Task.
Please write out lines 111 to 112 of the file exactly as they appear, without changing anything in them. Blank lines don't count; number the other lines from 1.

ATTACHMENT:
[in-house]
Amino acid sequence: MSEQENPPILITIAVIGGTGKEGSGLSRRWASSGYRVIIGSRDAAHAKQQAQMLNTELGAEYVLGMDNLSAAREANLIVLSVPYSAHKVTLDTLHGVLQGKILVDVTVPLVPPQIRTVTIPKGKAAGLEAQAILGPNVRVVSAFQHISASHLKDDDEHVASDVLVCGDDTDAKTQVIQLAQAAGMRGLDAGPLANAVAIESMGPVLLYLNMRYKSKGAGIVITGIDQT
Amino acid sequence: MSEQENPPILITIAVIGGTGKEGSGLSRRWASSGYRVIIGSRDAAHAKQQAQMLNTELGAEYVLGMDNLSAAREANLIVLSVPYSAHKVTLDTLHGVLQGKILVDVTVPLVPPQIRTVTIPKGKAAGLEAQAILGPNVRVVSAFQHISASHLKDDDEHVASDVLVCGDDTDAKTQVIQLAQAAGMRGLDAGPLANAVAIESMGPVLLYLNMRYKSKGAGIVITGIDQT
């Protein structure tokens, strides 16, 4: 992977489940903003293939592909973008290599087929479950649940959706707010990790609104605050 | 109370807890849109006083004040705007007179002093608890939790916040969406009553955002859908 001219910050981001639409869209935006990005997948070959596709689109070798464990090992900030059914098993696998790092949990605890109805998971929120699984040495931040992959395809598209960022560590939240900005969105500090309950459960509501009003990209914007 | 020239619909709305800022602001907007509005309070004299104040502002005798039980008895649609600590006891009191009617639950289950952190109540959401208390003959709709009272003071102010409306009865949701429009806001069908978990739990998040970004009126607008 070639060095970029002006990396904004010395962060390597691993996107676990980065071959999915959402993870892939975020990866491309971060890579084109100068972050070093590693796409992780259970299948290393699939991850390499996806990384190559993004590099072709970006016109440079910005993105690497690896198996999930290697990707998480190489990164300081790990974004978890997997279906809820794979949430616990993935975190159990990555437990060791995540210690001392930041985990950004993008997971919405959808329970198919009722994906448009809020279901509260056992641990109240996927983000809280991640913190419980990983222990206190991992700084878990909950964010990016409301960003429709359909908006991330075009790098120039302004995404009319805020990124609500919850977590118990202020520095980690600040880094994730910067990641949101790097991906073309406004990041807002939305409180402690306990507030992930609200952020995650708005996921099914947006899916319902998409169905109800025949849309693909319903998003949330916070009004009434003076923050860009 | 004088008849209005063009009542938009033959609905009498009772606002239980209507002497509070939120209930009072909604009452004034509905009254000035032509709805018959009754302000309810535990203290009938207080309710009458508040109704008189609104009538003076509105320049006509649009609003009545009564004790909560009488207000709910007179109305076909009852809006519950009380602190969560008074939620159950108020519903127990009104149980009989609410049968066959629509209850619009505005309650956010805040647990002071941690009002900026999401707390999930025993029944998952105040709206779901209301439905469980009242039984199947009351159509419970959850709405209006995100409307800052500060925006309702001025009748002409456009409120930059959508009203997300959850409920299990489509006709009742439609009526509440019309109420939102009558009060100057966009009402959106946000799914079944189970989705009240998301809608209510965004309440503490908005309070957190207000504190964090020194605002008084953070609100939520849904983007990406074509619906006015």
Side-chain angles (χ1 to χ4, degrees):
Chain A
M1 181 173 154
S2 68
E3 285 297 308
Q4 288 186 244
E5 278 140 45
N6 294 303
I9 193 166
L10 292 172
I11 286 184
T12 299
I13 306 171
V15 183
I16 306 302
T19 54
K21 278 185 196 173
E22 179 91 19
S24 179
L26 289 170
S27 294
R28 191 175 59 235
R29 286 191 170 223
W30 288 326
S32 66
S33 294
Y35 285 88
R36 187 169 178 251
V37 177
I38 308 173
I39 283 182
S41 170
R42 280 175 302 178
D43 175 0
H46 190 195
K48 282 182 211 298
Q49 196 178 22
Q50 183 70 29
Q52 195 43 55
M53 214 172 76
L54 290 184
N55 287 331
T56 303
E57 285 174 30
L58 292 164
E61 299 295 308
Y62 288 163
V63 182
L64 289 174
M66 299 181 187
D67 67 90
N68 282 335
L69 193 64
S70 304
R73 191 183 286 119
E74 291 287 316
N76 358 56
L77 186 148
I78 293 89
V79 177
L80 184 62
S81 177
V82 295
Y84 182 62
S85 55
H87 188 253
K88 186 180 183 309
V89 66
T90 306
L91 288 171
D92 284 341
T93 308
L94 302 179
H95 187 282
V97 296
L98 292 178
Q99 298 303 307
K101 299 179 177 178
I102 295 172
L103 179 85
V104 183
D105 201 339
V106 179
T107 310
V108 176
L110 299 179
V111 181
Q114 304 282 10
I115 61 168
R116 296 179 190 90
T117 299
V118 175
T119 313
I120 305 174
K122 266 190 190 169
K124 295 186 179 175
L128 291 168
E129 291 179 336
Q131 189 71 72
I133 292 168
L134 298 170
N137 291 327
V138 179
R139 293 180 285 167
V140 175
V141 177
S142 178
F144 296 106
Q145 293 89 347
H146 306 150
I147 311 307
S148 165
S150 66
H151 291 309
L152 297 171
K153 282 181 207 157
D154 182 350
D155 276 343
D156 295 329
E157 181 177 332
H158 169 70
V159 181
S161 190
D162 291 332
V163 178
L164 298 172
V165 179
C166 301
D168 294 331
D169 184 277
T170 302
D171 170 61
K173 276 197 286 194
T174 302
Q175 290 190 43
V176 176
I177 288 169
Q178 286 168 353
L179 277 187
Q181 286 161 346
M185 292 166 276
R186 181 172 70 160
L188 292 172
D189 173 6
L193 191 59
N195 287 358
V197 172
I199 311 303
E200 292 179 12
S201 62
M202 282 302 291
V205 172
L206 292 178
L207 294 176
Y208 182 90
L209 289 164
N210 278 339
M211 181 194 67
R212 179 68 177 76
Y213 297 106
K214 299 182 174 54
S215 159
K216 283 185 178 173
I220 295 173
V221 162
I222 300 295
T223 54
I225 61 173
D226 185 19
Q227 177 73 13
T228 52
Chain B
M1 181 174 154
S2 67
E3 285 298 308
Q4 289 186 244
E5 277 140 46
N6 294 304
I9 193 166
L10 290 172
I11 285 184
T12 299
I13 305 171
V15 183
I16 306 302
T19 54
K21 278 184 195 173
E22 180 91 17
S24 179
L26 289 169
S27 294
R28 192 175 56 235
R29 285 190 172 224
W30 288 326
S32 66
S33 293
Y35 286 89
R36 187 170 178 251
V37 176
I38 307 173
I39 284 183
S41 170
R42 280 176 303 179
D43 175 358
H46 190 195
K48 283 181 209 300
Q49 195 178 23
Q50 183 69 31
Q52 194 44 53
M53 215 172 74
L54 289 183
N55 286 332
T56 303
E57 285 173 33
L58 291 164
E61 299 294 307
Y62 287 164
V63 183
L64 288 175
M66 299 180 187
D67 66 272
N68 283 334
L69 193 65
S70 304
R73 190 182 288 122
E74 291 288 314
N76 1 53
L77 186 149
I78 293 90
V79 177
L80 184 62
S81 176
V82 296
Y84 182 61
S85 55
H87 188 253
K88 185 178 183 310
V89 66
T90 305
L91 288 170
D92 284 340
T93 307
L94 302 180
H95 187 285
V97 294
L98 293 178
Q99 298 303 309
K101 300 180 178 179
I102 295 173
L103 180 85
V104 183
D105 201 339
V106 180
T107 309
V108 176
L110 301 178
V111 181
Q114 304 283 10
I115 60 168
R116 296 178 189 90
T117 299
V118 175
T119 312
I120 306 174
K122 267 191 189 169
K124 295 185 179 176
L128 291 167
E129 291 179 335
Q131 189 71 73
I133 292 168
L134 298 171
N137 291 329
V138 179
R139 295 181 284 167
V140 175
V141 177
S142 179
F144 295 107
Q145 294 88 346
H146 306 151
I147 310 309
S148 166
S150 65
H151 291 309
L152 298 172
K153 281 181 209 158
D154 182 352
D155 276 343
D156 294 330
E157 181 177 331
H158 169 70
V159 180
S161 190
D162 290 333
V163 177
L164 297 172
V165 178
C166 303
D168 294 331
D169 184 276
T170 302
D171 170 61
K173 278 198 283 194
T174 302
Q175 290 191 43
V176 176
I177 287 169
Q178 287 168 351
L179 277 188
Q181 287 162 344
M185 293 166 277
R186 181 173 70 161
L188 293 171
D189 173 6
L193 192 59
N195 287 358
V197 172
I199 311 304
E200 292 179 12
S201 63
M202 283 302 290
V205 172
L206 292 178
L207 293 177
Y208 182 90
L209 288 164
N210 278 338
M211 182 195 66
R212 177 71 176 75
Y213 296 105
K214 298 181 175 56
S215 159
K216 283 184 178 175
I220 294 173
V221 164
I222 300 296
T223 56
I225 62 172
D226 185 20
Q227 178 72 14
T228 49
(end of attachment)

S142 178
F144 296 106